Percentage inhibition=100-[(T-T0/(C-T0)]×100                  (2)

Where, T is the optical density of test sample, T0 is the optical density at time zero and C is the optical density of control.

Results and Discussion

The actinobacterial strain KBR3 produced rough, powdery colonies with creamy yellow colored aerial mycelium and diffusible yellow pigment production on YEME agar plates. Under bright field microscopic observation, strain KBR3 showed presence of both aerial and substrate mycelium without any fragmentation. However, these morphological features alone are inadequate for the generic identification of strain KBR3. The further amplification of 16S rRNA gene yielded a sequence of 1477 bp in size and the same was deposited in GenBank database with the accession number MT577838.

BLASTN analysis showed that the strain KBR3 shared more than 99 % similarity of 16S rRNA sequence identity with Streptomyces maritimus and Streptomyces rochei. Phylogenetic tree was constructed using the 16S rRNA gene sequences of these closely related Streptomyces sp. (fig. 1). Till now there are no reports on nanoparticle synthesis using Streptomyces maritimus or Streptomyces rochei. Hence the Streptomyces sp. KBR3 reported in this study would be a newly added source for the synthesis of AgNPs.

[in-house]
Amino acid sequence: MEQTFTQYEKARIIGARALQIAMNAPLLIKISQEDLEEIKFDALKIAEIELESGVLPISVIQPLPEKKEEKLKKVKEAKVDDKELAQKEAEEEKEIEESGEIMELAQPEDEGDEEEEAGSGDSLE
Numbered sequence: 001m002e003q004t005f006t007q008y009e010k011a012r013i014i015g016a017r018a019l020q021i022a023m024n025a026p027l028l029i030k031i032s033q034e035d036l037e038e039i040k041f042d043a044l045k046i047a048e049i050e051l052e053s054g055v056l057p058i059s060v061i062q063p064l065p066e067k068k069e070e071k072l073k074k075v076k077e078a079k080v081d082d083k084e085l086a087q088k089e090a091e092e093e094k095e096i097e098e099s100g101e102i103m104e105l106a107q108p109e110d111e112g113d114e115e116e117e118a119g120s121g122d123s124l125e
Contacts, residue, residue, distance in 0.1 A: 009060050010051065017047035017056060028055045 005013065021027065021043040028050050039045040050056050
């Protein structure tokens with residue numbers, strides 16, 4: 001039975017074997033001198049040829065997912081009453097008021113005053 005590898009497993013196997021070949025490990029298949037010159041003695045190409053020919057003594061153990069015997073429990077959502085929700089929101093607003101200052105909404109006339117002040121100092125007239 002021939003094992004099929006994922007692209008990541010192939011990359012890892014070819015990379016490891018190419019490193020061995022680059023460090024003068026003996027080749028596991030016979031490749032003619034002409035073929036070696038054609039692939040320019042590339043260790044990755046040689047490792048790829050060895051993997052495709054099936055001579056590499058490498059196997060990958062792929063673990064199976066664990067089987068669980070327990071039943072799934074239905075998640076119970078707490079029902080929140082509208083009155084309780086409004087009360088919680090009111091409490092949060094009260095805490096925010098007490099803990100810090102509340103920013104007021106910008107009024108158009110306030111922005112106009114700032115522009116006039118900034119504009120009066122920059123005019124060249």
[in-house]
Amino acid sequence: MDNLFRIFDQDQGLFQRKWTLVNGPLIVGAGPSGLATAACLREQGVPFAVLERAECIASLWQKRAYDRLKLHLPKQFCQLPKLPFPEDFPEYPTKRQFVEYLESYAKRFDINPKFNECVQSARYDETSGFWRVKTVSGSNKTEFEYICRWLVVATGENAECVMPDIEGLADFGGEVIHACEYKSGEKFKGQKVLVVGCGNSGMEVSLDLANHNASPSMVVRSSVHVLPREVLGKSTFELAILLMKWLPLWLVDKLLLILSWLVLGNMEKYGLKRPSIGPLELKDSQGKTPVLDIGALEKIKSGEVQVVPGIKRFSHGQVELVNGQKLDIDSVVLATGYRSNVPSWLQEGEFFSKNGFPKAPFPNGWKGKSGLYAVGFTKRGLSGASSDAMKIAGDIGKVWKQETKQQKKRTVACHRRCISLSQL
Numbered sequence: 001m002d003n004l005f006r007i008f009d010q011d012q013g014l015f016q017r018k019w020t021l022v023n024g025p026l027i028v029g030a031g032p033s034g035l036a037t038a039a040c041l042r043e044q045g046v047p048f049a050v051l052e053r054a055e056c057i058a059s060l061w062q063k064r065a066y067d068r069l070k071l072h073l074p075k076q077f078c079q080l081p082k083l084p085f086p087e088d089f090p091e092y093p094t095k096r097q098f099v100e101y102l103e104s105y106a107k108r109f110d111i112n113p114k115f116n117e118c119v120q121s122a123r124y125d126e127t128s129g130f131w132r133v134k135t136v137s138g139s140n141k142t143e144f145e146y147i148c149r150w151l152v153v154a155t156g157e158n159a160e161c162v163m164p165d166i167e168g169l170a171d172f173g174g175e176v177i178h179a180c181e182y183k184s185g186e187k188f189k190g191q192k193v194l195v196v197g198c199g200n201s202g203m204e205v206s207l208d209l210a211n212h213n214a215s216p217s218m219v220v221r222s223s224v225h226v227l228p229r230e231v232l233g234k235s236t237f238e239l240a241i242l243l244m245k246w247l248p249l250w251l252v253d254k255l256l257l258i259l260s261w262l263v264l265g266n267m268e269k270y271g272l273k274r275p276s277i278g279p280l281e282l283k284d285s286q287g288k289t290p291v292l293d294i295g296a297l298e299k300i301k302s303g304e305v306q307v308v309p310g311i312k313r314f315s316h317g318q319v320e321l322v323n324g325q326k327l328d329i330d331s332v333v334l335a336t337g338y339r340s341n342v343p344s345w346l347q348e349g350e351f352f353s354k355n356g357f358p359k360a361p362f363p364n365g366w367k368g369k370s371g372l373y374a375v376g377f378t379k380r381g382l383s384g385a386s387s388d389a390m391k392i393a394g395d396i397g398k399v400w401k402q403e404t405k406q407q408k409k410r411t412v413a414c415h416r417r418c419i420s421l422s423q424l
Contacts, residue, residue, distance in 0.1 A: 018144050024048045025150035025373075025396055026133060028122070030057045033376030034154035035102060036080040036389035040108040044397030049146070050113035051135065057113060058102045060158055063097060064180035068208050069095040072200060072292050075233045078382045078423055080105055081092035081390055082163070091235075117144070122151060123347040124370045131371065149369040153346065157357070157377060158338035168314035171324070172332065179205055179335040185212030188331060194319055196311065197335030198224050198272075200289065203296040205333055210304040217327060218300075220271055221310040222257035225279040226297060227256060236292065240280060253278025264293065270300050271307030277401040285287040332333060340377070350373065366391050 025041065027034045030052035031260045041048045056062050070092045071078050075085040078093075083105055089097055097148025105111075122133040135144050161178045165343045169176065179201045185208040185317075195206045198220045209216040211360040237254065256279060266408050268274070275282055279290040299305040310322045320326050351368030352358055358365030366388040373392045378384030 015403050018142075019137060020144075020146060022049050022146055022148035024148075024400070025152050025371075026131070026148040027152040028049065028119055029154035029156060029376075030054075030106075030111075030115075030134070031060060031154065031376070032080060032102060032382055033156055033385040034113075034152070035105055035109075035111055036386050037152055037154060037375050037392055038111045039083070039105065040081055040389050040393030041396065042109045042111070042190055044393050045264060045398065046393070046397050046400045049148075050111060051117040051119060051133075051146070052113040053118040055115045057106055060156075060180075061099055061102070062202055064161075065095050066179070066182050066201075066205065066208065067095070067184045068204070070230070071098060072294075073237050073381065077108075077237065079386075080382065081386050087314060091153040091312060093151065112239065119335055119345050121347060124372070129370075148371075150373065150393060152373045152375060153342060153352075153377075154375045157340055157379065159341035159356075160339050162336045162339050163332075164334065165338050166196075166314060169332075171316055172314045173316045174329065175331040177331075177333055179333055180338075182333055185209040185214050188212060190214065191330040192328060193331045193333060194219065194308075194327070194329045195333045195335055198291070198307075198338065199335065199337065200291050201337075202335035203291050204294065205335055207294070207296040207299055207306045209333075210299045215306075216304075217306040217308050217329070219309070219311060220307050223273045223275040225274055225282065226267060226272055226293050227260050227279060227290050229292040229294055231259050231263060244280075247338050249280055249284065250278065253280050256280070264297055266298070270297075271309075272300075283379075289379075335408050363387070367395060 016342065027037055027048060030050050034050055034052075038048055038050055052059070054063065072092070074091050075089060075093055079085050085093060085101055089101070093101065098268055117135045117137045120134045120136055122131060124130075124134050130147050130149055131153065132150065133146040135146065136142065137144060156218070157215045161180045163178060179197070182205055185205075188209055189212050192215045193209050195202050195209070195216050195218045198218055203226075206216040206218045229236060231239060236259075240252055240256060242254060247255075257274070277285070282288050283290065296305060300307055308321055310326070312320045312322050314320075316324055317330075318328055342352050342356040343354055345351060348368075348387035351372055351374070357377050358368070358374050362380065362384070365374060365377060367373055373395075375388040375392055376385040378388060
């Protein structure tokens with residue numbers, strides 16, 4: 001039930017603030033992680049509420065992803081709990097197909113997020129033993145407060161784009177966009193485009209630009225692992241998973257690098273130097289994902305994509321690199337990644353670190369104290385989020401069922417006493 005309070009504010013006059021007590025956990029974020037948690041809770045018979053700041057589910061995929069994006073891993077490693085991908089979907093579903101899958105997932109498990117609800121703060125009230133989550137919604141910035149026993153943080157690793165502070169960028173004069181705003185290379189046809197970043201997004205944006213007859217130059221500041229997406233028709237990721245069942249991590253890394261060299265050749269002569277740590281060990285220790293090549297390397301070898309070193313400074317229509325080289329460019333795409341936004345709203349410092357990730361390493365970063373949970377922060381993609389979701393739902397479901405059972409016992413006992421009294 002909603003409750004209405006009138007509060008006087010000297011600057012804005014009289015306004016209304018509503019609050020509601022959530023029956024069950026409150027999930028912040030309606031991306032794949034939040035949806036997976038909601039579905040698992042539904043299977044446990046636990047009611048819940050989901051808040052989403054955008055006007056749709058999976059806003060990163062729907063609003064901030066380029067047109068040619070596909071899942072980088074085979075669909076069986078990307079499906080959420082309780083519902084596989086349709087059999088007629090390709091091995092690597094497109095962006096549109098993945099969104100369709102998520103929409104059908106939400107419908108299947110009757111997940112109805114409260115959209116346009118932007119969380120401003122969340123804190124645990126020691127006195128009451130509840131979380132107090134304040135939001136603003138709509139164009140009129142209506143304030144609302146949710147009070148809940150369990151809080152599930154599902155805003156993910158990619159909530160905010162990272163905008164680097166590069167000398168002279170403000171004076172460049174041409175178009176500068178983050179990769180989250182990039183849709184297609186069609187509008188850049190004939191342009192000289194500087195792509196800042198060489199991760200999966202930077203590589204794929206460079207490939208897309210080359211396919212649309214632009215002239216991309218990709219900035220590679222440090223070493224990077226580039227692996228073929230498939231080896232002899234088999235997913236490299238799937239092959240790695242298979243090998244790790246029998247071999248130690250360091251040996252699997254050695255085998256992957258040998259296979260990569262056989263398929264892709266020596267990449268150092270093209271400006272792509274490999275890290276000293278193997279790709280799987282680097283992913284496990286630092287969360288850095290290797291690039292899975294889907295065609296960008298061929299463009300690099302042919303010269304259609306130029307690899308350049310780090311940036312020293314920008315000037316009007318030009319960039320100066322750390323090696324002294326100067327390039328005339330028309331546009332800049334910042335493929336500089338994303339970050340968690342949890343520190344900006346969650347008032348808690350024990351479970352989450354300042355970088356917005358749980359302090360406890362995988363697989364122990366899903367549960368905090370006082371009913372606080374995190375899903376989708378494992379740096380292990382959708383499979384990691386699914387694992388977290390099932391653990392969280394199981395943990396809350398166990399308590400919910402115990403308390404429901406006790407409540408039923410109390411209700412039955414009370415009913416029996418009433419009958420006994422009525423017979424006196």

Fig. 1: Neighbour-joining phylogenetic tree based on 16S rRNA gene sequences comparing strain KBR3 to Streptomyces species. The numbers on the branches indicate the percentage bootstrap values of 1000 replicates; only values >50 % are indicated.

The brown color appeared on the reaction mixture clearly indicated the formation of AgNPs[26]. This color shift is due to the reduction of Ag+ ions and the formation of Surface Plasmon Resonance (SPR) in the reaction mixture, whereas no color change was observed in cell pellet without silver nitrate. This observation correlated with the previous reports by Narasimha et al.[27] and Zarina et al.[28]. The biosynthesis of AgNPs was confirmed by observing the colour change from light blue to dark brown (fig. 2a).


Fig. 2: (a): UV Vis SPECTRUM of AgNPs at 420 nm. Inset shows colloidal AgNPs; (b): XRD pattern of AgNPs; (c): FTIR spectrum of AgNPs; (d): SEM images of AgNPs; (e): TEM images of AgNPs; (f): Zeta potential analysis of AgNPs and (g): SAED diffraction pattern of AgNPs.